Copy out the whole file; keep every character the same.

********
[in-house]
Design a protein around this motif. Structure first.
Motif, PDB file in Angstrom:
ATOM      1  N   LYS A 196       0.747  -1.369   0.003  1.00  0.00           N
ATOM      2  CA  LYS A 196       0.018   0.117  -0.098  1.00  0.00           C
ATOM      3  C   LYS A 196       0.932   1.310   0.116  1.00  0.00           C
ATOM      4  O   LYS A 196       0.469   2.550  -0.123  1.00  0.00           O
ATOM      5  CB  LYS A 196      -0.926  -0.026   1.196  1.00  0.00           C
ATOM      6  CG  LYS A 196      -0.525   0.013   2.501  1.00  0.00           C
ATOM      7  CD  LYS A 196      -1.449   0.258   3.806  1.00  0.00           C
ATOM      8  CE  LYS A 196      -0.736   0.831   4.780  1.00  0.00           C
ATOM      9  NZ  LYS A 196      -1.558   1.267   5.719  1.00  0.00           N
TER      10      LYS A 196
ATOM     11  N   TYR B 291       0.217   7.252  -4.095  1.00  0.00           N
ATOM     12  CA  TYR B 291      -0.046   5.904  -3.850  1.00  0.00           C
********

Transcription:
[in-house]
Design a protein around this motif. Structure first.
Motif, PDB file in Angstrom:
ATOM      1  N   LYS A 196       0.747  -1.369   0.003  1.00  0.00           N
ATOM      2  CA  LYS A 196       0.018   0.117  -0.098  1.00  0.00           C
ATOM      3  C   LYS A 196       0.932   1.310   0.116  1.00  0.00           C
ATOM      4  O   LYS A 196       0.469   2.550  -0.123  1.00  0.00           O
ATOM      5  CB  LYS A 196      -0.926  -0.026   1.196  1.00  0.00           C
ATOM      6  CG  LYS A 196      -0.525   0.013   2.501  1.00  0.00           C
ATOM      7  CD  LYS A 196      -1.449   0.258   3.806  1.00  0.00           C
ATOM      8  CE  LYS A 196      -0.736   0.831   4.780  1.00  0.00           C
ATOM      9  NZ  LYS A 196      -1.558   1.267   5.719  1.00  0.00           N
TER      10      LYS A 196
ATOM     11  N   TYR B 291       0.217   7.252  -4.095  1.00  0.00           N
ATOM     12  CA  TYR B 291      -0.046   5.904  -3.850  1.00  0.00           C